A Fast Cleanup
The purpose of the lesson is to provide the learners with opportunities for further exploration into the causes and effects of pollutants on air quality.
The learner will:
- explore the Air Quality Index.
- recognize the Air Quality Index pollutants and their harm.
- present the information on the Air Quality Index in a useable form.
- projector or Smart Board
- chart paper and markers
- projected or individual copies of (Handout Four) Introducing the Facts - Group Presentations
- student copies of (Handout One) Sources for the Pollutants
- student copies of (Handout Three) It’s All Relevant for teacher to score learners
- Access to Internet to view the EPA or Air Now Air Quality Index report (See Bibliographical References). If Internet is not available in class, print out student copies in advance.
Anticipatory Set: As learners enter the classroom, distribute the Quick Write sheets entitled, Have Your Feelings About the Air Around You Changed – Why? (See Handout Two) As has been done previously, allow students to post their individual Quick Writes. Read a few to provide learners with an idea of what their classmates think.
Ask learners to tell how the Public Service Announcements affected them. Ask: If you had the opportunity to re-do your PSA, would you change anything? If so, in what way?
List the responses and display.
Explain that they will have an opportunity to investigate air quality a little further.
Arrange learners into groups of five or six members. Ask the learners to count off sequentially from one (1) to six (6) until everyone has a number. Once finished, ask all of the ones (1) to group together; continue to do so until all groups have been assembled.
Explain the purpose of grouping is to work together to develop a presentation of information that can be used to heighten awareness about air quality.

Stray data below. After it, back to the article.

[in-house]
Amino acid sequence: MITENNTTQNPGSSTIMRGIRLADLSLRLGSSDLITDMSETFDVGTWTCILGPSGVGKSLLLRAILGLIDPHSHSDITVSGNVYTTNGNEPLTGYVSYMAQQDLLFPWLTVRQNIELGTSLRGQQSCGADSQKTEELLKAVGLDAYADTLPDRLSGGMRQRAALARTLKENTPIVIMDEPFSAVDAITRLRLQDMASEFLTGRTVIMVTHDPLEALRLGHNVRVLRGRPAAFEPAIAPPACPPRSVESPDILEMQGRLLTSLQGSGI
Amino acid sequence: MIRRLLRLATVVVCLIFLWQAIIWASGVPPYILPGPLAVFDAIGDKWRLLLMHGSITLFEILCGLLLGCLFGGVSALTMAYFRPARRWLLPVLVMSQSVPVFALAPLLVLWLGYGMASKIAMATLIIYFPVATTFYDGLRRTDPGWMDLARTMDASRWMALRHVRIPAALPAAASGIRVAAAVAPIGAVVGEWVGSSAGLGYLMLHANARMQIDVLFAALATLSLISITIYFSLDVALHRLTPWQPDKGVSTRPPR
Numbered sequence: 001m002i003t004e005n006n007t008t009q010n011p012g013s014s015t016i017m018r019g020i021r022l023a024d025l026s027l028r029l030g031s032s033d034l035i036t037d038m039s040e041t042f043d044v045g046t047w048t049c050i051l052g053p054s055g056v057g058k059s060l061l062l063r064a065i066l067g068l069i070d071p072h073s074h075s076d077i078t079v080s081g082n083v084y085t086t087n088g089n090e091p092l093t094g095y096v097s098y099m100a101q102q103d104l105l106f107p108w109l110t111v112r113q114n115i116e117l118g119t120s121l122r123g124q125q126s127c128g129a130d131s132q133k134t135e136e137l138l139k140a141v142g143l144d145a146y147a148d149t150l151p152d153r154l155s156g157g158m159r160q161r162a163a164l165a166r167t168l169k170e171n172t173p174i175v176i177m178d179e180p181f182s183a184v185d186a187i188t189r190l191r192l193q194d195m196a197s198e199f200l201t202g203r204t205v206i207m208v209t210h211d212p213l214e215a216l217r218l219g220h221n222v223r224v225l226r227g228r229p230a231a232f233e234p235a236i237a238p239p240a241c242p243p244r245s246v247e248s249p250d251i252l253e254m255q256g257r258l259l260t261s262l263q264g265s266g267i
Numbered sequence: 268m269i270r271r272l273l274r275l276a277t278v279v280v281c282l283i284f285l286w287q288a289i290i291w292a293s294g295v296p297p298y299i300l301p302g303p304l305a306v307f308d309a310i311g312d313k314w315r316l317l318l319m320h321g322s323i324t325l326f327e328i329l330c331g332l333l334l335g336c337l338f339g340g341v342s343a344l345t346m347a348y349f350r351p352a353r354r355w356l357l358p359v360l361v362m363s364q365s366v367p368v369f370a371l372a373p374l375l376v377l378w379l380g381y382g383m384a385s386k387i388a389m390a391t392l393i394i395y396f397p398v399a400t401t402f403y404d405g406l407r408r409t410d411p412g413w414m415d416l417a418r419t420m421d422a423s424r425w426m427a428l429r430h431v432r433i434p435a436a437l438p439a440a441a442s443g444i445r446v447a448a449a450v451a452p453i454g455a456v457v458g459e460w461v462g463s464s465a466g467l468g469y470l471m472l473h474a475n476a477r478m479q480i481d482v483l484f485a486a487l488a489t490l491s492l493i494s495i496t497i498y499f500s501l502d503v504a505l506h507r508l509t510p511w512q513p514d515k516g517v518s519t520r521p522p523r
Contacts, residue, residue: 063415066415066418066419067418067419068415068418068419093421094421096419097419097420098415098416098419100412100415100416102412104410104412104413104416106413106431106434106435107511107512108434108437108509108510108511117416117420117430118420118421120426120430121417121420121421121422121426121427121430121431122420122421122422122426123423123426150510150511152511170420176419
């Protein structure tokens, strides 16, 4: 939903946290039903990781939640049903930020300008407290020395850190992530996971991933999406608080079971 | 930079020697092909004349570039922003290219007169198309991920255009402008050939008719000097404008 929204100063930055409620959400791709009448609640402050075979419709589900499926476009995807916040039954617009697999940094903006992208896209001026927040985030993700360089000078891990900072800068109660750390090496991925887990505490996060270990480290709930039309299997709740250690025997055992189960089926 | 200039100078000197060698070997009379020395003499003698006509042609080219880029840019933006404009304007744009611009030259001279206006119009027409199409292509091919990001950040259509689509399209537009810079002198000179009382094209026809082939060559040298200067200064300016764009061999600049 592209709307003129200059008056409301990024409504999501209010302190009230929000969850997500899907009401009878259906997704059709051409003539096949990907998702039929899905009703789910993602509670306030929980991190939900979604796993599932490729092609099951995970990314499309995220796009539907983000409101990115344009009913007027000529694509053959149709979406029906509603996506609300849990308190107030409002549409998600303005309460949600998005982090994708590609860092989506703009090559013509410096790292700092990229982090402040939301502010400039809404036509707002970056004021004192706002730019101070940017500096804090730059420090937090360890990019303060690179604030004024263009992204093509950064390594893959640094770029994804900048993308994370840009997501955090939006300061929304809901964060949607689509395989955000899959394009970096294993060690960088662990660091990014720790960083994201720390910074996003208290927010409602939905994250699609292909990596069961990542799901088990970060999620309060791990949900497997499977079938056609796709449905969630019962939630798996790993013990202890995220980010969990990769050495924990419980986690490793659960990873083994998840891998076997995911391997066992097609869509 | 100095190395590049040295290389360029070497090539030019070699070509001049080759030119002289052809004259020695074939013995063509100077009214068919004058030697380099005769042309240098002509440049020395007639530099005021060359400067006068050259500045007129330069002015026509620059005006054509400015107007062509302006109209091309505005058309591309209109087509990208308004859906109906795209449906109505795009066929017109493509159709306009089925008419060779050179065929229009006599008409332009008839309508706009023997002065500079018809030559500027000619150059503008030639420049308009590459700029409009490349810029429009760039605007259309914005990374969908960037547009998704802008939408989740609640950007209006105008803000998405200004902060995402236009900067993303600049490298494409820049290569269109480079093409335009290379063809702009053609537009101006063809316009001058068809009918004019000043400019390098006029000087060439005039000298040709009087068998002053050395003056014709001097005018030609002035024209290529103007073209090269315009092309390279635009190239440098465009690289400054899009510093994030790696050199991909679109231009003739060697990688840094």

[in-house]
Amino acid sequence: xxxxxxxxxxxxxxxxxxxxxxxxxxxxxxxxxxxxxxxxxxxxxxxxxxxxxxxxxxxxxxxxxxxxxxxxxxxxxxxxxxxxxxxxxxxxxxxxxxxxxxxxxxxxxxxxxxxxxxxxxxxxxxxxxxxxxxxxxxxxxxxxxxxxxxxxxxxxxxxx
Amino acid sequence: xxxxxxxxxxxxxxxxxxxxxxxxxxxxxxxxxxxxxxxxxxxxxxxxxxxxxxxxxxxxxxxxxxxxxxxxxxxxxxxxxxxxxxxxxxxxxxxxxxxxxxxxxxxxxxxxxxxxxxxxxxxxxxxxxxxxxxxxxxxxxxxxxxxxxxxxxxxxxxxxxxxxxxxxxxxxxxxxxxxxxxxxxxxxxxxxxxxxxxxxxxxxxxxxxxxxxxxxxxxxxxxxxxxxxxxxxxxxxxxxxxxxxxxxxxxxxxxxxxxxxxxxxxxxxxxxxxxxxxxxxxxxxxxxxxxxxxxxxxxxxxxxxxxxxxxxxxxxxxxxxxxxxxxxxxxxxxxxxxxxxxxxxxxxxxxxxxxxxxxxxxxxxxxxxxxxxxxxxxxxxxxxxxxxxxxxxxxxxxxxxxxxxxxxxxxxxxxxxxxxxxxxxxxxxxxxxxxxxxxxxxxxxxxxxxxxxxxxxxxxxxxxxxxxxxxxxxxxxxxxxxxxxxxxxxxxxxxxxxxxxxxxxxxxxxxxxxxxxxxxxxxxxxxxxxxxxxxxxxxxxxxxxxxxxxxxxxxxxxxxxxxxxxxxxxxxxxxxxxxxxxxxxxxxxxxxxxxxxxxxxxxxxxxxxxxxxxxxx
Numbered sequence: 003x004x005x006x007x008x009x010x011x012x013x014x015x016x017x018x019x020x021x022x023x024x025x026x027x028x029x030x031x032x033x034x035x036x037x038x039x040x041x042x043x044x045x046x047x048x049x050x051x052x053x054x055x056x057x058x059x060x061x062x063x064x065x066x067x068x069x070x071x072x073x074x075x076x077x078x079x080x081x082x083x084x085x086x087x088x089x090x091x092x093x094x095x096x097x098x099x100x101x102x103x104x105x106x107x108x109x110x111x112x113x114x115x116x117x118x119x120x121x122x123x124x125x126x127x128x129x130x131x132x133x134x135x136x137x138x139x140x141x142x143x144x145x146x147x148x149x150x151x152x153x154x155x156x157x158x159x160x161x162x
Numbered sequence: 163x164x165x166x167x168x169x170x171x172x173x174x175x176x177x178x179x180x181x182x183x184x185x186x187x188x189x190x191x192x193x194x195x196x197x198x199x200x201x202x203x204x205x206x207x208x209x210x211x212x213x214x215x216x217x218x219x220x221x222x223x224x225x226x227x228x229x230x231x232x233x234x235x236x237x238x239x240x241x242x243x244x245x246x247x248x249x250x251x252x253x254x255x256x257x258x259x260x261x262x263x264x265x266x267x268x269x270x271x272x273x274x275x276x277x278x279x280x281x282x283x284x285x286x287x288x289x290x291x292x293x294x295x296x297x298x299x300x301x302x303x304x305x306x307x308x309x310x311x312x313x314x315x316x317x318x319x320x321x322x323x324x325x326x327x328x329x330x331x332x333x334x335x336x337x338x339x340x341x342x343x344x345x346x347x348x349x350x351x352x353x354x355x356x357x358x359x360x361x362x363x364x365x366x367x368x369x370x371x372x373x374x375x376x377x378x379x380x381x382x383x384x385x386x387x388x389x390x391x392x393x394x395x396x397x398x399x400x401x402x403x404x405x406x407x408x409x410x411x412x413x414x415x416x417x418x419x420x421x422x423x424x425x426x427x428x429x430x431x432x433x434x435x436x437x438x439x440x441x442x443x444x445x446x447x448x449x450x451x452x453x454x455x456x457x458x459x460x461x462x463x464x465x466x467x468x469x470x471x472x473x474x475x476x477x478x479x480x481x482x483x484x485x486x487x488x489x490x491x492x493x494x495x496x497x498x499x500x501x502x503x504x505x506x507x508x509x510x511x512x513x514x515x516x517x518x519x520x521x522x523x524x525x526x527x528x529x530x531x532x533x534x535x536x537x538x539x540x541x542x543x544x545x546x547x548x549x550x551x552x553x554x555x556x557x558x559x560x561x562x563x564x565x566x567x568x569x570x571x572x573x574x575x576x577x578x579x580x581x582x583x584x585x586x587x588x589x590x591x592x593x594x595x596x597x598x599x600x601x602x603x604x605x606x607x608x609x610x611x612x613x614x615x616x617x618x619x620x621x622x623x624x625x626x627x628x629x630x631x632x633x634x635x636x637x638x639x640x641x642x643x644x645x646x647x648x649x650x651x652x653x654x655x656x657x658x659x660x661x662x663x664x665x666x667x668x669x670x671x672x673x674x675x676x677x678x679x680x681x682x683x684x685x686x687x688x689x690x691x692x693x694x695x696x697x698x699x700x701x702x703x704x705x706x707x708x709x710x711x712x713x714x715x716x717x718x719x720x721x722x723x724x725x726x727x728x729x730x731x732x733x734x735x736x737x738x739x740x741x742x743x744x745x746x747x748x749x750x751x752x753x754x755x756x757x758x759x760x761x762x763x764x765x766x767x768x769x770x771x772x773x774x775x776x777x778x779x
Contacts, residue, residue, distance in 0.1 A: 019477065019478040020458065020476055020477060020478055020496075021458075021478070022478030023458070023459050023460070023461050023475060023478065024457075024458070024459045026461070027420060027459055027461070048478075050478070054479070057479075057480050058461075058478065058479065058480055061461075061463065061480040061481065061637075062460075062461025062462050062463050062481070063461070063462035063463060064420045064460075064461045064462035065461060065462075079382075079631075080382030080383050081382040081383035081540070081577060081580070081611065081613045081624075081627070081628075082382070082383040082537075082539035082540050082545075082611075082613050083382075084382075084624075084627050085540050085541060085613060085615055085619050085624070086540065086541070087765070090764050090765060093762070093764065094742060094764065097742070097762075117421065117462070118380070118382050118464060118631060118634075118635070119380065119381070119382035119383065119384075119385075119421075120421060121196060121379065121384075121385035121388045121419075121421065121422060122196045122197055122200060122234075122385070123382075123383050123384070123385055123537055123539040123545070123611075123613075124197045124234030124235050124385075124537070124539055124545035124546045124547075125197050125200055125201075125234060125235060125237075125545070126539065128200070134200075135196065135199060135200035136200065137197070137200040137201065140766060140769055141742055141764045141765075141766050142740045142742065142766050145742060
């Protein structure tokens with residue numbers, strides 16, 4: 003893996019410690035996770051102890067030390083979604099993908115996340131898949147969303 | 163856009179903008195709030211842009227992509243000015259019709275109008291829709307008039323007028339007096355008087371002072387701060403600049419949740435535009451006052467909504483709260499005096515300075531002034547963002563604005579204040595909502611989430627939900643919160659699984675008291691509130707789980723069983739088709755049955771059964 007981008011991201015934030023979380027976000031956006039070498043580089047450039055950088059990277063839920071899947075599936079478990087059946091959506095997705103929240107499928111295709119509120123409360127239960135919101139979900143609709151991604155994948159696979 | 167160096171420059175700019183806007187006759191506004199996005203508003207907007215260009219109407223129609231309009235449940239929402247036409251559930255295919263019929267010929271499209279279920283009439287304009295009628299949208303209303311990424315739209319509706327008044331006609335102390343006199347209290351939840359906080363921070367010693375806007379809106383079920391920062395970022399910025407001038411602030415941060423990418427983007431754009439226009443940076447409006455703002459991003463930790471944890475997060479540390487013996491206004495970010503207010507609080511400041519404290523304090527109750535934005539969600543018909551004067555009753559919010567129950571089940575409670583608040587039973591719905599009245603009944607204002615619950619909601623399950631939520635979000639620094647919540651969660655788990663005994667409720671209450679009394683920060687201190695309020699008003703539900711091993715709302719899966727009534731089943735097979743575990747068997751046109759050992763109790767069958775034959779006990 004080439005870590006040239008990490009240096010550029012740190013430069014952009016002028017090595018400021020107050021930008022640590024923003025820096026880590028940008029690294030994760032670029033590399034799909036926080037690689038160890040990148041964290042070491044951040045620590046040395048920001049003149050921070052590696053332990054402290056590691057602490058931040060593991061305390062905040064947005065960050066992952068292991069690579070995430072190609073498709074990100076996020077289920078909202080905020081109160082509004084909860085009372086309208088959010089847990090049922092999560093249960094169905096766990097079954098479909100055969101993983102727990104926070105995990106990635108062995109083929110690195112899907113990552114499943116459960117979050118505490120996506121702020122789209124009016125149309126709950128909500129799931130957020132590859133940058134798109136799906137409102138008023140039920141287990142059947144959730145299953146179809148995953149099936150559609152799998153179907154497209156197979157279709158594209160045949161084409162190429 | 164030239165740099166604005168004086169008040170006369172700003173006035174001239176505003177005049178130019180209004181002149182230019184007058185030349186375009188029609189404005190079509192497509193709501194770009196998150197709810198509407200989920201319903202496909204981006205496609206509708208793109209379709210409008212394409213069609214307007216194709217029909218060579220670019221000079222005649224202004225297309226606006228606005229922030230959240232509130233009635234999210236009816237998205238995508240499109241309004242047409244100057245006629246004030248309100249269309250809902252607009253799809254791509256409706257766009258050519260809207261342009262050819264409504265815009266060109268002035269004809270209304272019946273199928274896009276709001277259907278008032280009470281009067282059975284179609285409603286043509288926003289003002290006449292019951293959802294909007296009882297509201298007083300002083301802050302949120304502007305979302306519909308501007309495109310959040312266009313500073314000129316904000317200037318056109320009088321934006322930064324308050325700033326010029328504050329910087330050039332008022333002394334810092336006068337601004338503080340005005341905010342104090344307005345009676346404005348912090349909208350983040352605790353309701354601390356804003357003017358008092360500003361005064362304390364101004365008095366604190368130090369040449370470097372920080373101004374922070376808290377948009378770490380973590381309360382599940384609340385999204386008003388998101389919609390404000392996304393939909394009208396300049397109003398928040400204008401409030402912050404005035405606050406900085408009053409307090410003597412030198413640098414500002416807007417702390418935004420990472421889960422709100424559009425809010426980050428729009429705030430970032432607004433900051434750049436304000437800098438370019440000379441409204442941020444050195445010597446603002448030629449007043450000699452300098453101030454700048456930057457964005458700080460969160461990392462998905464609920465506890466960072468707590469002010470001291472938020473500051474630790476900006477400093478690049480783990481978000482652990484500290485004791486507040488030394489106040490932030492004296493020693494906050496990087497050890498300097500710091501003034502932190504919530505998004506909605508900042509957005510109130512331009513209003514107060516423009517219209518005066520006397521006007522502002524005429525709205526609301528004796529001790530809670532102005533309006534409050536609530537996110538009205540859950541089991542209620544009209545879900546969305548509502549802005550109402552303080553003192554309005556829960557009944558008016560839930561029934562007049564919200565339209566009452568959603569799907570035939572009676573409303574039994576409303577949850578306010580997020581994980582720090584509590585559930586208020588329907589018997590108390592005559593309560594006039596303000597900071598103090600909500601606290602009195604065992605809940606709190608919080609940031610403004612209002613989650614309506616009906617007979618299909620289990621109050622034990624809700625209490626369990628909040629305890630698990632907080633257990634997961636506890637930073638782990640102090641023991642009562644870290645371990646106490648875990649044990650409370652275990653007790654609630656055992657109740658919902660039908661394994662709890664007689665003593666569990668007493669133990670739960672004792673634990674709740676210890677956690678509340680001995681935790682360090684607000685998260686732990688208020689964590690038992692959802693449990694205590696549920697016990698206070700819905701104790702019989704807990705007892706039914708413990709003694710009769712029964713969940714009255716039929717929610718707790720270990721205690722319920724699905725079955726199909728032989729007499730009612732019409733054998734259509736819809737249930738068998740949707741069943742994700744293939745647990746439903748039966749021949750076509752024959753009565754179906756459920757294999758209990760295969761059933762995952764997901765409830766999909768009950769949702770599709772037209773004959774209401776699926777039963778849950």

Display the Air Quality Index--either directly from the EPA website or print out the document and project it or give students copies. Preview the introduction to help students understand how to read the chart. http://airnow.gov/index.cfm?action=aqibasics.aqi
Assign groups to read one of four topics located on the web site https://www.epa.gov/air-trends – Ozone, Particle Pollution, Carbon Dioxide or Sulfur Dioxide. Additionally, explain that information from Sources for the Pollutants (See Handout One) should be incorporated into their presentation.
Explain that each group will be responsible for presenting their findings to the entire class using the transparencies and markers. Explain to the learners that this will be a cooperative learning group activity and their contributions will be graded as a group and individually from your observations. It’s All Relevant (See Handout Three) will assist you in keeping track. In the presentation they are required to name the Air Quality Index (AQI) Pollutant, discuss the final format to be used to present viable, pertinent information. Groups should select a person to act as a recorder, a time keeper, a leader who asks the questions, a set-up person to insure that all parts are placed in an organized form, (if there are six individuals there should be a monitor to verify if all are contributing), and all group members will be spokespersons for the presentation.
Tell learners that the actual presentations will be made the next time that they meet. This project should be completed in this class period. Monitor each group consistently to keep them on task. Collect the presentation materials and transparencies for group presentations on the next meeting date.
As learners enter the classroom, direct them to designated areas for grouping. Tell them that they are to assemble within their groups to rehearse and ready themselves for presenting to the class. Allow about five minutes for preparation.
Explain that notes should be taken to gain information about the contributors for Air Quality Index ratings during other group presentations.
Time should be allocated for each group to deliver the information to the members of their class. No more than five minutes per group.
At the close of the presentations, ask students if they can think of anything that should be done to help others understand Air Quality and its effect on everyday life. Ask, what are the implications for the world and how can we preserve the atmosphere and air quality for future generations? Record information on Chalkboard or chart paper.This could serve as an extension to the overall unit.
Using the rubric for group presentation assess learners on their group presentation on Air Quality Facts. (See Handout Four)
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